De­lays force timetable changes

Wairarapa News - - FRONT PAGE - DAMIAN GE­ORGE

There are no im­prove­ments in sight for off-peak com­muters on Wairarapa’s trou­bled rail line, with timeta­bles be­ing ad­justed to re­flect the fre­quency of de­lays.

Off-peak trains to and from Welling­ton and Master­ton are meant to be up to 10 min­utes faster than peak-time ser­vices, but var­i­ous fac­tors mean that is rarely the case.

That is be­cause in­creased pa­tron­age on the ser­vices, in­clud­ing many el­derly pas­sen­gers and peo­ple with prams or bikes, are cre­at­ing longer wait times at sta­tions, while re­pair and up­grade work done off-peak is also slow­ing things down.

The re­pair works are ex­ac­er­bat­ing speed re­stric­tions al­ready in place on the line be­cause of aging tracks that are in need of an es­ti­mated $60 mil­lion up­grade.

A Greater Welling­ton Re­gional Coun­cil spokesman said ad­just­ing the timetable was the only vi­able op­tion un­til the track was up­graded.

A pro­posal to elim­i­nate some of the Hutt Val­ley stops on the route to speed up ser­vices was con­sid­ered, but ul­ti­mately re­jected be­cause so many peo­ple used them, he said.

The coun­cil, to­gether with track owner Ki­wiRail, will this week sub­mit a busi­ness case for a $90 mil­lion re­newal of track in­fra­struc­ture to be in­cluded in next year’s Gov­ern­ment Bud­get.

Most of that money would go to­wards im­prov­ing the Wairarapa line.

Other changes be­ing con­sid­ered in­clude charg­ing a pre­mium for Hutt Val­ley com­muters us­ing Wairara­pabound trains in­stead of Hutt trains, which share the same track. The aim would be to have fewer Wairarapa trains stop­ping in the Hutt Val­ley.

Test­ing of mod­i­fied car­riages, which were ex­pected to in­crease ca­pac­ity, had also started, the spokesman said.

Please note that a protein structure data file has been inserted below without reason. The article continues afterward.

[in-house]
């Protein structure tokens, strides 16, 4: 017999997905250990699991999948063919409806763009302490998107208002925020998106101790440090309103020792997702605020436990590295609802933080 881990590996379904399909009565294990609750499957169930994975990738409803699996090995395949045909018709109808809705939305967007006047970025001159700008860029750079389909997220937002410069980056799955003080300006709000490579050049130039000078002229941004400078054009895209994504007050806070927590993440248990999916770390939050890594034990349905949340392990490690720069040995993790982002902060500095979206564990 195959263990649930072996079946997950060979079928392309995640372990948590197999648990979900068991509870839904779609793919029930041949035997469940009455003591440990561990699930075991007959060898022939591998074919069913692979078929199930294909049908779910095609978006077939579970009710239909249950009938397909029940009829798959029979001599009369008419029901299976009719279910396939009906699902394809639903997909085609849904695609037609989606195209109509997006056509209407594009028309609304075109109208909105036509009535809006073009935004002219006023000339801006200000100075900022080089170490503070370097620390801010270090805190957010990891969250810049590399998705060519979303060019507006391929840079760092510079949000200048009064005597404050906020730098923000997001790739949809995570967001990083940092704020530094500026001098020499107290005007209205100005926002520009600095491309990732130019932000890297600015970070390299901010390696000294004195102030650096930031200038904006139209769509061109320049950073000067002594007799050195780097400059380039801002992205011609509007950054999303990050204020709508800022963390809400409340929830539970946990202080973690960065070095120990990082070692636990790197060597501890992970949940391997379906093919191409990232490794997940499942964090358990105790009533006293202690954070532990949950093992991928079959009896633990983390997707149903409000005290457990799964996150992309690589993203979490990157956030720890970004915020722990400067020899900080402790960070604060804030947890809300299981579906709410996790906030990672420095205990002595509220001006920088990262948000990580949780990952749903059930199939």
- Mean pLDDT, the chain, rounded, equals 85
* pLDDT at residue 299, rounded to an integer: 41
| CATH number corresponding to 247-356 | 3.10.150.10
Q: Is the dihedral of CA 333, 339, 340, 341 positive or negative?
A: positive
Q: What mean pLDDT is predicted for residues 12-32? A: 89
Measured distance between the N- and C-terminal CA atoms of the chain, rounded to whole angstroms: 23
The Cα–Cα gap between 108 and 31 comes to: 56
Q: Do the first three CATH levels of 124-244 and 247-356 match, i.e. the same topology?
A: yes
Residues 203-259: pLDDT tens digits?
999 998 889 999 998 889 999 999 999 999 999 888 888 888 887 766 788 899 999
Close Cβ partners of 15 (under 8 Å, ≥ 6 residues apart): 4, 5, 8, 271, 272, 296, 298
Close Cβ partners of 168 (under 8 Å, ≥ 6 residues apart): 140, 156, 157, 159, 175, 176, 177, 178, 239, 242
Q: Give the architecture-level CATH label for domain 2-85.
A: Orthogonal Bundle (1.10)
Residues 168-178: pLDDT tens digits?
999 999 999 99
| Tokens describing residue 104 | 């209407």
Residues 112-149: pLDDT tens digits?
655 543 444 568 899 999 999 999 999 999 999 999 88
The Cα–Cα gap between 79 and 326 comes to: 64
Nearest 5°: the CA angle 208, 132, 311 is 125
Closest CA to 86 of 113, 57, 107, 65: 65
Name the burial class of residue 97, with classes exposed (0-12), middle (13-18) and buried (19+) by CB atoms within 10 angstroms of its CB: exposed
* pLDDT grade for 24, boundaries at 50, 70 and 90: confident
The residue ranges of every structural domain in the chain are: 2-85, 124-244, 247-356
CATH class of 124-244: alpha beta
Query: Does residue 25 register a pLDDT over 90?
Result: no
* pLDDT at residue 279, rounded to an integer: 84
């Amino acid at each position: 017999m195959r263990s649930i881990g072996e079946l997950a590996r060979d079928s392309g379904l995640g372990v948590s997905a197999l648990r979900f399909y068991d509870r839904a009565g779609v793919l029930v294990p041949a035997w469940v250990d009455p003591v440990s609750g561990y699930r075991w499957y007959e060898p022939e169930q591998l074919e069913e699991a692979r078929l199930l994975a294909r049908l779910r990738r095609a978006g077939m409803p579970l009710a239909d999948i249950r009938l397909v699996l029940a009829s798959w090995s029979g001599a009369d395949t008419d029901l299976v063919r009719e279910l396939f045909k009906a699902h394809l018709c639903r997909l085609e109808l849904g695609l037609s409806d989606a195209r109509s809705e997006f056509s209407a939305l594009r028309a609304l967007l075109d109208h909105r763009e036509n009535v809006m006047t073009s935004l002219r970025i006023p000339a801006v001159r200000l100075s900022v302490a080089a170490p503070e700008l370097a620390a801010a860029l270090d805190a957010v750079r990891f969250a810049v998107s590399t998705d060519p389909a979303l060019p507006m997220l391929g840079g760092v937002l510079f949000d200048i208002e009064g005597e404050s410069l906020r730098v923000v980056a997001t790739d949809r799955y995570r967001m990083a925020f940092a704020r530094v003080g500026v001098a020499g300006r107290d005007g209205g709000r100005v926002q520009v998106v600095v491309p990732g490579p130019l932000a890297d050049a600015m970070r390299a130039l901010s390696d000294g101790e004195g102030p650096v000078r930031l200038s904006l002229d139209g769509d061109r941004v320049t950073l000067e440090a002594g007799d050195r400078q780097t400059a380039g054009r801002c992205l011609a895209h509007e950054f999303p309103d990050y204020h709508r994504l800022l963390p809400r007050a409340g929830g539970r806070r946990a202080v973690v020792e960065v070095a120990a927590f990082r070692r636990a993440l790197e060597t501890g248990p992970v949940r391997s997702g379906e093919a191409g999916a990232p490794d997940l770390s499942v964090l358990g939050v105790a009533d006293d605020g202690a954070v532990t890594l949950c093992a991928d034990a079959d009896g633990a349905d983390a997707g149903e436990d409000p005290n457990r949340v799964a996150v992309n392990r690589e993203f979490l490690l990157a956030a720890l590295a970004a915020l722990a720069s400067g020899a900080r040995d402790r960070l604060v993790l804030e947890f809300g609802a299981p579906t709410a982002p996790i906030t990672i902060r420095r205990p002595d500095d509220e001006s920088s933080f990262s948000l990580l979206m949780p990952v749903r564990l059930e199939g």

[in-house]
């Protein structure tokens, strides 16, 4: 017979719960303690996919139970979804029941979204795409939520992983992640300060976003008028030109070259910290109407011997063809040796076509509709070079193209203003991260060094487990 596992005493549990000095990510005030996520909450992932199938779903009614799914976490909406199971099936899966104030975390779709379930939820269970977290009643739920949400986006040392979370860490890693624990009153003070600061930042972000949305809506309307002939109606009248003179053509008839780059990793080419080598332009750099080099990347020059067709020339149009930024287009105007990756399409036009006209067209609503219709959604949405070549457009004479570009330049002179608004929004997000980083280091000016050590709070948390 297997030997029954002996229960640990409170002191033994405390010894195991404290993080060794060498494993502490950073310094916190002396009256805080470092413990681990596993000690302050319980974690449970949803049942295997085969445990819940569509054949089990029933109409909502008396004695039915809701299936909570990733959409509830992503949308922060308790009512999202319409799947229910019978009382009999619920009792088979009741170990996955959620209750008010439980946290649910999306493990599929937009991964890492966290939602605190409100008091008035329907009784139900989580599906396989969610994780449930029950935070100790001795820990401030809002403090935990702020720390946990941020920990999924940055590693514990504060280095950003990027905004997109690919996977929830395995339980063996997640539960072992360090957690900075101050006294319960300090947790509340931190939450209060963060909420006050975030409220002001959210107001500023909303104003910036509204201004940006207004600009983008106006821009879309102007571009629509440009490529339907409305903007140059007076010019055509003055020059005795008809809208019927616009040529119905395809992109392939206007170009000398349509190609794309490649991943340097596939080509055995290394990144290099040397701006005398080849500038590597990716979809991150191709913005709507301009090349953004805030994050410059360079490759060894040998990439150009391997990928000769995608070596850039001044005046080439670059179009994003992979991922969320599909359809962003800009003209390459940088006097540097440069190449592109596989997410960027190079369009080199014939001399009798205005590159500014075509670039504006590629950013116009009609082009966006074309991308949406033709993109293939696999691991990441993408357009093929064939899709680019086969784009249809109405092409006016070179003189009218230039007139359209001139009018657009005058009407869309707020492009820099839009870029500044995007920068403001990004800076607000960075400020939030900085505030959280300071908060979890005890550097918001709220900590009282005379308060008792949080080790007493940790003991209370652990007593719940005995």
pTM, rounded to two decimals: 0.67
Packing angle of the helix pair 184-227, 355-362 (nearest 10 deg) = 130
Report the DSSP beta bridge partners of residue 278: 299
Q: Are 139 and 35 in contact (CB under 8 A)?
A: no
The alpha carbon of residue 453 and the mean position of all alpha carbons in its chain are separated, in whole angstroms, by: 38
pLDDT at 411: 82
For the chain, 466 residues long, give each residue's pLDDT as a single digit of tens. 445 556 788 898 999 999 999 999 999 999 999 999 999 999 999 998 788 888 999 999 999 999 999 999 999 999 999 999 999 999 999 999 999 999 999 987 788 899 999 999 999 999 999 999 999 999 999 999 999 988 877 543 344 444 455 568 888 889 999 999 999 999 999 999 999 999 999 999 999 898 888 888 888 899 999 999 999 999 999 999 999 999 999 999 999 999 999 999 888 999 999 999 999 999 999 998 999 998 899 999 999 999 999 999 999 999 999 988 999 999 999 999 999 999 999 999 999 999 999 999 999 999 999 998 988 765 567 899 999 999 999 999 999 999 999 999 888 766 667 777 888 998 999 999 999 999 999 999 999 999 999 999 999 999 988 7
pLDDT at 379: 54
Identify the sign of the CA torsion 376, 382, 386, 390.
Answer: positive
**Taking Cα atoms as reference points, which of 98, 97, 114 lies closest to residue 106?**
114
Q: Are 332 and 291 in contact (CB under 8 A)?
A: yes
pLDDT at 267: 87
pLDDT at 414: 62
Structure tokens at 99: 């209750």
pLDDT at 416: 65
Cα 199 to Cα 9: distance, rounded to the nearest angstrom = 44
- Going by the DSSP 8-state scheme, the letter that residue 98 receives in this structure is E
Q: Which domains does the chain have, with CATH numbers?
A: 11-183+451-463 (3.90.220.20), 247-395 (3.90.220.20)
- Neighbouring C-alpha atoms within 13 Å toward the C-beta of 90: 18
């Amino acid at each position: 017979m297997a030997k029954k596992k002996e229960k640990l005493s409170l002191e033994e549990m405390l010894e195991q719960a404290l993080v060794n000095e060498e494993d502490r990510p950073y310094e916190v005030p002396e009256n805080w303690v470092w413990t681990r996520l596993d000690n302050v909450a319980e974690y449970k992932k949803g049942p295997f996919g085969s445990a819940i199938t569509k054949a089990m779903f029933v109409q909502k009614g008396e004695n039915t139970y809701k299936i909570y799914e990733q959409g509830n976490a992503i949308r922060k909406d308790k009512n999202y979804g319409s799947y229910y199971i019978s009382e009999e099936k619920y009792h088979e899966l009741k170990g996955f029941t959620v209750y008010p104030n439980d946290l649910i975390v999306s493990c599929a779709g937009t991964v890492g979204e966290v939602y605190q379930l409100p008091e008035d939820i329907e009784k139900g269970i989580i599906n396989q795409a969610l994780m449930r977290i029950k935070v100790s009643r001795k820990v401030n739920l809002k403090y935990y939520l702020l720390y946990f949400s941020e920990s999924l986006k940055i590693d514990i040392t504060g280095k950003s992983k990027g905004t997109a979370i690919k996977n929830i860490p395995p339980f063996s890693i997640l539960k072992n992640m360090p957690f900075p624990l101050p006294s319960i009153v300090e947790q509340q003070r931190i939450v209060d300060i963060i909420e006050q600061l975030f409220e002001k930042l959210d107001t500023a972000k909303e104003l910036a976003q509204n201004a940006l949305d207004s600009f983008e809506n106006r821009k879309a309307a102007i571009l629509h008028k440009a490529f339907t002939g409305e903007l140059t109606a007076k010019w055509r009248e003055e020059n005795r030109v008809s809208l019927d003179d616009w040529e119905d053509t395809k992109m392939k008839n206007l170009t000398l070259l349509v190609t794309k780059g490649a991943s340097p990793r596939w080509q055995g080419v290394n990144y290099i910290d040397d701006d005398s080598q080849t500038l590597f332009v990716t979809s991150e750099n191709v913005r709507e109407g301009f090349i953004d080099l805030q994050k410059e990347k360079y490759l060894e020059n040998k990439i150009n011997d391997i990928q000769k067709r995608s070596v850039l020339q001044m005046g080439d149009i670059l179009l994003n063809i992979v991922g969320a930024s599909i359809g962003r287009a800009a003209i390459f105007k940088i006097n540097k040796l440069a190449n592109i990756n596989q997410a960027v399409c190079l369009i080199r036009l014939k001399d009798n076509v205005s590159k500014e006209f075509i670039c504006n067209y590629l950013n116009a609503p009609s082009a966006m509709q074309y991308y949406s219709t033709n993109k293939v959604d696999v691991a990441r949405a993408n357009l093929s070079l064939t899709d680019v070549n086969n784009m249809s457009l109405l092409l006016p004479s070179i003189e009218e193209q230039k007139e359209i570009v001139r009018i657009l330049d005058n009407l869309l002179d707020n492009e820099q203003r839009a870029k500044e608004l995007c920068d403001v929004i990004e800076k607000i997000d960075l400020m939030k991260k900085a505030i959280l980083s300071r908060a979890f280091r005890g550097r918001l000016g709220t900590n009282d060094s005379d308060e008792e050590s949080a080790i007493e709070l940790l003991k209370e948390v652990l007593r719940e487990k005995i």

The changes, which come into ef­fect on Novem­ber 19, will af­fect mid-morning and afternoon ser­vices on week­days, and morning and even­ing ser­vices on week­ends.

They will re­sult in jour­ney times be­tween and four and six min­utes longer than is cur­rently sched­uled, with the big­gest change on the mid­morn­ing ser­vice from Master­ton.

That will leave 19 min­utes later, at 10.44am, and ar­rive at 12.24pm, a travel time in­crease of six min­utes.

Master­ton Mayor Lyn Pat­ter­son said the Wairarapa com­mu­nity had been cry­ing out for rail in­fra­struc­ture in­vest­ment for the past decade.

‘‘At the end of the day, this ser­vice can’t be im­proved 100 per cent if we can’t get the in­vest­ment in the track that the Gov­ern­ment hasn’t funded.

‘‘A lot of [the de­lays] are due to the track re­pairs.’’

South Wairarapa Mayor Viv Napier said pub­lic meet­ings held by the re­gional coun­cil in Wairarapa ear­lier this year had given peo­ple an op­por­tu­nity to have their say on the ser­vice.

‘‘I’m hope­ful the feed­back that was put for­ward in the meet­ings has been taken into con­sid­er­a­tion.’’

Napier was also hope­ful the much needed track im­prove­ments would go ahead.

The coun­cil spokesman said there had been pre­vi­ous timetable ad­just­ments over the years, and more pow­er­ful lo­co­mo­tives with greater ac­cel­er­a­tion speeds had been in­tro­duced.

The coun­cil’s sus­tain­able trans­port com­mit­tee chair­woman, Bar­bara Don­ald­son, could not be reached for com­ment.

ILLYA MCLEL­LAN/ STUFF

A timetable change will mean off-peak Wairarapa train ser­vices should now be on time.

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